From Pakistan to Chechnya, Sri Lanka to Canada, pioneering women are taking their places in formal and informal military structures previously reserved for, and assumed appropriate only for men.
Women have fought in wars, either as women or covertly dressed as men, throughout the history of warfare, but only recently have they been allowed to join state militaries, insurgent groups, and terrorist organizations in unprecedented numbers.
This begs the question - how useful are traditional gendered categories in understanding the dynamics of war and conflict? And why are our stories of gender roles in war typically so narrow?
Who benefits from them? In this illuminating book, Laura Sjoberg explores how gender matters in war-making and war-fighting today.
Drawing on a rich range of examples from conflicts around the world, she shows that both women and men play many more diverse roles in wars than either media or scholarly accounts convey.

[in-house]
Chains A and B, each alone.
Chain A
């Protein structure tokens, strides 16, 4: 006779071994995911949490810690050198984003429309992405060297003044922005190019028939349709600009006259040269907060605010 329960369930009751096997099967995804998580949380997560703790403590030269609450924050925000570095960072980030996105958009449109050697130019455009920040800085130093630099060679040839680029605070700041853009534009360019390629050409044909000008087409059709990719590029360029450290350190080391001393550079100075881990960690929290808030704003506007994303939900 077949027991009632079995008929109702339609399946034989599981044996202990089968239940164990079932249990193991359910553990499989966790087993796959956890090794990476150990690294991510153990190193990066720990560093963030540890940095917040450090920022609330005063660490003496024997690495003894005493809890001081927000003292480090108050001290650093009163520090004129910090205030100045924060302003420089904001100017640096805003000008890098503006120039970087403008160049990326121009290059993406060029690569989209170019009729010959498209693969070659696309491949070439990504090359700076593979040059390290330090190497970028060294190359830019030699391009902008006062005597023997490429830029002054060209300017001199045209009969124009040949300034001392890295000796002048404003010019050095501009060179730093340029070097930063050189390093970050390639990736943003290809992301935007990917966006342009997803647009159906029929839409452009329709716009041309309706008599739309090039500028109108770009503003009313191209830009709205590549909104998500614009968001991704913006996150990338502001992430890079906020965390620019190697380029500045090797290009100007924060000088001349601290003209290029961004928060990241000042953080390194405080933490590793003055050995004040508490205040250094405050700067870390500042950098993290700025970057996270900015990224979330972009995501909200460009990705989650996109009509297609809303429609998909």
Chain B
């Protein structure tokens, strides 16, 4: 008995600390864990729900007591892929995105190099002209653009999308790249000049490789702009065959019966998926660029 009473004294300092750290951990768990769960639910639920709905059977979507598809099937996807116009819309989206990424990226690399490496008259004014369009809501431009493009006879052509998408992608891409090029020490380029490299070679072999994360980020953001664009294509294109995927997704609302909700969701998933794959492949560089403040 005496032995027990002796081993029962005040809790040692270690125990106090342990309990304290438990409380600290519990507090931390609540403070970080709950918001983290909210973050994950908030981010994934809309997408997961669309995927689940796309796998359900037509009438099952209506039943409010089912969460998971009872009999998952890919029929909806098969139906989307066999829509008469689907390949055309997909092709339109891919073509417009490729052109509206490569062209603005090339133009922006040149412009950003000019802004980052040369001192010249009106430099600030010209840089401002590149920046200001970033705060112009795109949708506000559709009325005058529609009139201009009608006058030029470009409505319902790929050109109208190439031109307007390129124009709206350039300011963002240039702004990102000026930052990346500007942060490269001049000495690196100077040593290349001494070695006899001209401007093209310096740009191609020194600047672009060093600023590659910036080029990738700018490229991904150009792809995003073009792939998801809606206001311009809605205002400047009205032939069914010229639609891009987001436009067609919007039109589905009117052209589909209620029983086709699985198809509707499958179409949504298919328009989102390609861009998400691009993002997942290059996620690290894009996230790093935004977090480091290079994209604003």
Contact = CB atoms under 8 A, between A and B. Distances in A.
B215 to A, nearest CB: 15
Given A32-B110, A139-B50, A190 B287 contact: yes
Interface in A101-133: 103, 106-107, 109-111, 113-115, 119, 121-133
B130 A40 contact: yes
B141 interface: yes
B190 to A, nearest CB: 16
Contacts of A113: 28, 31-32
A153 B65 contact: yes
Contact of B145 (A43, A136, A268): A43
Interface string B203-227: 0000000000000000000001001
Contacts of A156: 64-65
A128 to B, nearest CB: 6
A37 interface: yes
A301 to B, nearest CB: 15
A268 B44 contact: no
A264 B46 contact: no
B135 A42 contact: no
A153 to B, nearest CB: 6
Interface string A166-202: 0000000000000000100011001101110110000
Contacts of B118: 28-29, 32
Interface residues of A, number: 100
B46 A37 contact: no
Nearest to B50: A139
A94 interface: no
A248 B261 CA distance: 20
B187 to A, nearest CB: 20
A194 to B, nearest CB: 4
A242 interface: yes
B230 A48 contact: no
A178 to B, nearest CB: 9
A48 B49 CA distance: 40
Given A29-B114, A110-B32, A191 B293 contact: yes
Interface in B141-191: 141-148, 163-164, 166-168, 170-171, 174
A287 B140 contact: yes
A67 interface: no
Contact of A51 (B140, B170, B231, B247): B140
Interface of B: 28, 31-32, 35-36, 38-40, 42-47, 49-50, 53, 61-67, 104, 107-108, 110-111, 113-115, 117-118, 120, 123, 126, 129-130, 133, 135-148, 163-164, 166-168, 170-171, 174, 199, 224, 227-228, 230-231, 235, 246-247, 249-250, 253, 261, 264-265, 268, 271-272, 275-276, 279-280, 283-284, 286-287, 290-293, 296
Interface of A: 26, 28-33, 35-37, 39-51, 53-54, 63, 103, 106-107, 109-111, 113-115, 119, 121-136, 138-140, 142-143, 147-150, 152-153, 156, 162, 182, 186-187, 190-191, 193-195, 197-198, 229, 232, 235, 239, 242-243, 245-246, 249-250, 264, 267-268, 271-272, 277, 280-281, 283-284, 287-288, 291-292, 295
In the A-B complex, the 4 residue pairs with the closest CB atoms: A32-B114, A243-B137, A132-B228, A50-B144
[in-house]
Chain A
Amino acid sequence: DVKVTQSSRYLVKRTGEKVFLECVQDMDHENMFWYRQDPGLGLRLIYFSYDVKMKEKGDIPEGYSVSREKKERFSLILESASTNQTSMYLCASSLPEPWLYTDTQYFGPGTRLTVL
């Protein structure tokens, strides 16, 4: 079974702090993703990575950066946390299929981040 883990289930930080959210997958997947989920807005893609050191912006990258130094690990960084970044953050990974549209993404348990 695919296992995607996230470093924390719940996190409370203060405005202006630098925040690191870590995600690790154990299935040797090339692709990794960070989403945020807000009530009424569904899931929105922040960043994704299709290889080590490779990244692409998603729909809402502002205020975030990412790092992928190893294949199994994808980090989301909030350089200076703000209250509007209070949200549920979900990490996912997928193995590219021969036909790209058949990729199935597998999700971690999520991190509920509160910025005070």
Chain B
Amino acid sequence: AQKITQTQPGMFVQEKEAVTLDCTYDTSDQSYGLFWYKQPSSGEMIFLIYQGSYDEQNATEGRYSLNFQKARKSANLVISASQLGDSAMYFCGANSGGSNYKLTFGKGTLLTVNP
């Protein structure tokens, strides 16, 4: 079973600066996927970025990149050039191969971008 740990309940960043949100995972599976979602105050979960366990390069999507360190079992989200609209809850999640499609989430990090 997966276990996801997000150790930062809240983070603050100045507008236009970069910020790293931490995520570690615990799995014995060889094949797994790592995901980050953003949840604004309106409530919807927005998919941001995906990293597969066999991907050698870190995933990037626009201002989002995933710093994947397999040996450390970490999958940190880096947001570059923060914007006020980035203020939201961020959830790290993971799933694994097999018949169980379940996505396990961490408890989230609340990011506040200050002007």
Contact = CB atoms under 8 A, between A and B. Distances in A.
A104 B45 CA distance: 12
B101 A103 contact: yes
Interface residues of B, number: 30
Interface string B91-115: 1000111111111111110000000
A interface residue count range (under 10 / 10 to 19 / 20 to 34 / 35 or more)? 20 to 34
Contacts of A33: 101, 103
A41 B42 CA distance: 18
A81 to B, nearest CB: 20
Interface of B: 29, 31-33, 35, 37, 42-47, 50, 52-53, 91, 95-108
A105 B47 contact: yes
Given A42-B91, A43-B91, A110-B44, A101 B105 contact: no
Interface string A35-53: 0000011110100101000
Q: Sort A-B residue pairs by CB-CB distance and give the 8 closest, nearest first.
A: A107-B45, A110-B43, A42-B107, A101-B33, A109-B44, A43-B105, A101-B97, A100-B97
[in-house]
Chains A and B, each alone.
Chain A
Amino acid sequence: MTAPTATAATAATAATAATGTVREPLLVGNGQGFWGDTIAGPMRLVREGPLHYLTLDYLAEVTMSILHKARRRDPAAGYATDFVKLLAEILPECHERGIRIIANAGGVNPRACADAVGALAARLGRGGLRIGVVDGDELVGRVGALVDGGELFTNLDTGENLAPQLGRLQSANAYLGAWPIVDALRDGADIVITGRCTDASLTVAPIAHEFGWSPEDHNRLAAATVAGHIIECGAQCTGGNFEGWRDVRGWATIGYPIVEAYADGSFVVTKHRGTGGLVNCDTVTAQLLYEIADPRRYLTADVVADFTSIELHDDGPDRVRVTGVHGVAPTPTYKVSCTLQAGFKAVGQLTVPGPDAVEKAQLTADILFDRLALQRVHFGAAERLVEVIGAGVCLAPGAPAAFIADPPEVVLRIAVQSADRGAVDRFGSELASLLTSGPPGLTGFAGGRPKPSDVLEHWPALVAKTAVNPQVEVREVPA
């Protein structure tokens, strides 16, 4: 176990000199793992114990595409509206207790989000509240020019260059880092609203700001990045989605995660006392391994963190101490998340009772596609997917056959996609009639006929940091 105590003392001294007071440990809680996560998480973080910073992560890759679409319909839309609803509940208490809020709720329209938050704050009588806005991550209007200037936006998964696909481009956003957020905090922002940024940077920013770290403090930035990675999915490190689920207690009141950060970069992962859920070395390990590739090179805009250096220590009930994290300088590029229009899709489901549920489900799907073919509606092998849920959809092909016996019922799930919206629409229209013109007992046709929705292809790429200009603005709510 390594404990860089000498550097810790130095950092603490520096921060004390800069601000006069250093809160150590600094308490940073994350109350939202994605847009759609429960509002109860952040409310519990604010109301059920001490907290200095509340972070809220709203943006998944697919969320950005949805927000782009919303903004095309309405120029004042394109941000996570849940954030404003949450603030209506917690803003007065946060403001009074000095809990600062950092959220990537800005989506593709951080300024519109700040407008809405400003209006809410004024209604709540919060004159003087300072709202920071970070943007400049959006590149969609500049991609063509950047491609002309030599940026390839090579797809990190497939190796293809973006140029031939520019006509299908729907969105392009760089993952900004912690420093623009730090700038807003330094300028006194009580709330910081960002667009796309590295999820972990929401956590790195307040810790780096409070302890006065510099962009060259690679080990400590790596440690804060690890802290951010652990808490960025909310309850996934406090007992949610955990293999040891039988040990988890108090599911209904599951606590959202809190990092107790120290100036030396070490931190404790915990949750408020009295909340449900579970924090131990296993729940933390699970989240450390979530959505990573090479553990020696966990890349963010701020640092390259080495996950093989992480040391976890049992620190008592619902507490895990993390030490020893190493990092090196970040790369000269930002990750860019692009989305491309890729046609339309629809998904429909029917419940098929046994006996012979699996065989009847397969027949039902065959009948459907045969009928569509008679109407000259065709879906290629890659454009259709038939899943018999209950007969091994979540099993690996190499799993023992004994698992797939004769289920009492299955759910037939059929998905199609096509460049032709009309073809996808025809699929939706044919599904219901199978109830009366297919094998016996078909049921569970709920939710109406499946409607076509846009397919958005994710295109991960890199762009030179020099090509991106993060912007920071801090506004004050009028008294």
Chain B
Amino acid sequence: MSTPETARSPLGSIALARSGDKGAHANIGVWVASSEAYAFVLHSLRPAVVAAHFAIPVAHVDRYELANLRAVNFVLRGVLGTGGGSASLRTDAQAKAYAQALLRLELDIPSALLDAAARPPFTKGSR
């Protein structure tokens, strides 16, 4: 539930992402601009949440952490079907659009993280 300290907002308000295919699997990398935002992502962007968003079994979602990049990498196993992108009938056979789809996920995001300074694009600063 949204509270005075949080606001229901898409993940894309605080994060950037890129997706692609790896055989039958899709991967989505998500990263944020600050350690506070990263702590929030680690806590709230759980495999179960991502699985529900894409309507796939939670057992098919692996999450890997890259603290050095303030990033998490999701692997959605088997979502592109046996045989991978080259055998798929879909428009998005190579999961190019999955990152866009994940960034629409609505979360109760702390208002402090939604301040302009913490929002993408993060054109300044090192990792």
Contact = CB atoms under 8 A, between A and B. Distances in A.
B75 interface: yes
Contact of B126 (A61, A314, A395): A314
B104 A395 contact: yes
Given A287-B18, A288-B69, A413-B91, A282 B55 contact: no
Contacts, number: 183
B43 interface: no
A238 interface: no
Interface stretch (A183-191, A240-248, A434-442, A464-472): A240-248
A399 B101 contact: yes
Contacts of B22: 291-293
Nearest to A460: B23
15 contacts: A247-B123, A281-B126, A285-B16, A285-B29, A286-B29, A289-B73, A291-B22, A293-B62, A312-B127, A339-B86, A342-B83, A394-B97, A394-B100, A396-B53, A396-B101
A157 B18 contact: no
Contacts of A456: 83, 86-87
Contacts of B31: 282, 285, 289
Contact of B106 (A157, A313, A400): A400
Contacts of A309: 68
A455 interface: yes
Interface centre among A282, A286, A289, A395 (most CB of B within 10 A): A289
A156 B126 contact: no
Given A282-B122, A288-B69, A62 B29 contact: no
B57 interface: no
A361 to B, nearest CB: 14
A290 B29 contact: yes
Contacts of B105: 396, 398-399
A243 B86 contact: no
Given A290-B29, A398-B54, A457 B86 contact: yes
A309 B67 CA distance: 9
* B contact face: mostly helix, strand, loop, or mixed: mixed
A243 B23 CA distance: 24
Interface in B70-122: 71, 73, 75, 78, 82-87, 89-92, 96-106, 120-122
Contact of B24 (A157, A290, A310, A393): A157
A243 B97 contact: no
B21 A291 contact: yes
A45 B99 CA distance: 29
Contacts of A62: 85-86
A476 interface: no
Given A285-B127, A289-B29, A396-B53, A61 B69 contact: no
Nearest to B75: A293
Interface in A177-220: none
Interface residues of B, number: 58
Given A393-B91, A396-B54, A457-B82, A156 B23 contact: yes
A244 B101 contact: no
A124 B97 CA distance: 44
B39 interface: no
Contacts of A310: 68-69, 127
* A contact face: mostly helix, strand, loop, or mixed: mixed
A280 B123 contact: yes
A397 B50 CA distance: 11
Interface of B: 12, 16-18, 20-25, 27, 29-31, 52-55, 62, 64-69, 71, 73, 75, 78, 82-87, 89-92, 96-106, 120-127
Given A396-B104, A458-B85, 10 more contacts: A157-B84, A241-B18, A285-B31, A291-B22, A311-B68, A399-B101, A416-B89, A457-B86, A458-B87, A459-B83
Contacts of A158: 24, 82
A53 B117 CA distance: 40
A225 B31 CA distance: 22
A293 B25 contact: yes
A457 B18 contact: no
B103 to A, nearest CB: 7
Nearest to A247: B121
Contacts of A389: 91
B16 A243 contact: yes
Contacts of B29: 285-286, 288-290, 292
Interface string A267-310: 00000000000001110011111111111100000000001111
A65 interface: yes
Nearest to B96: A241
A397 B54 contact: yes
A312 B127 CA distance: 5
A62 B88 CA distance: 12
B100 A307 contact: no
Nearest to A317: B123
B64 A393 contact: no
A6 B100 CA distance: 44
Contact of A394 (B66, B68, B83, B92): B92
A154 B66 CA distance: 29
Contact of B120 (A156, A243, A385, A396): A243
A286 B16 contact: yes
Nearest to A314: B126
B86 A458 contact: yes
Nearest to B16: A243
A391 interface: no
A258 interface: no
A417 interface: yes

Gender, she argues, can be found at every turn in the practice of war; it is crucial to understanding not only what war is , but equally how it is caused, fought and experienced. With end of chapter questions for discussion and guides to further reading, this book provides the perfect introduction for students keen to understand the multi-faceted role of gender in warfare. Gender, War and Conflict will challenge and change the way we think about war and conflict in the modern world.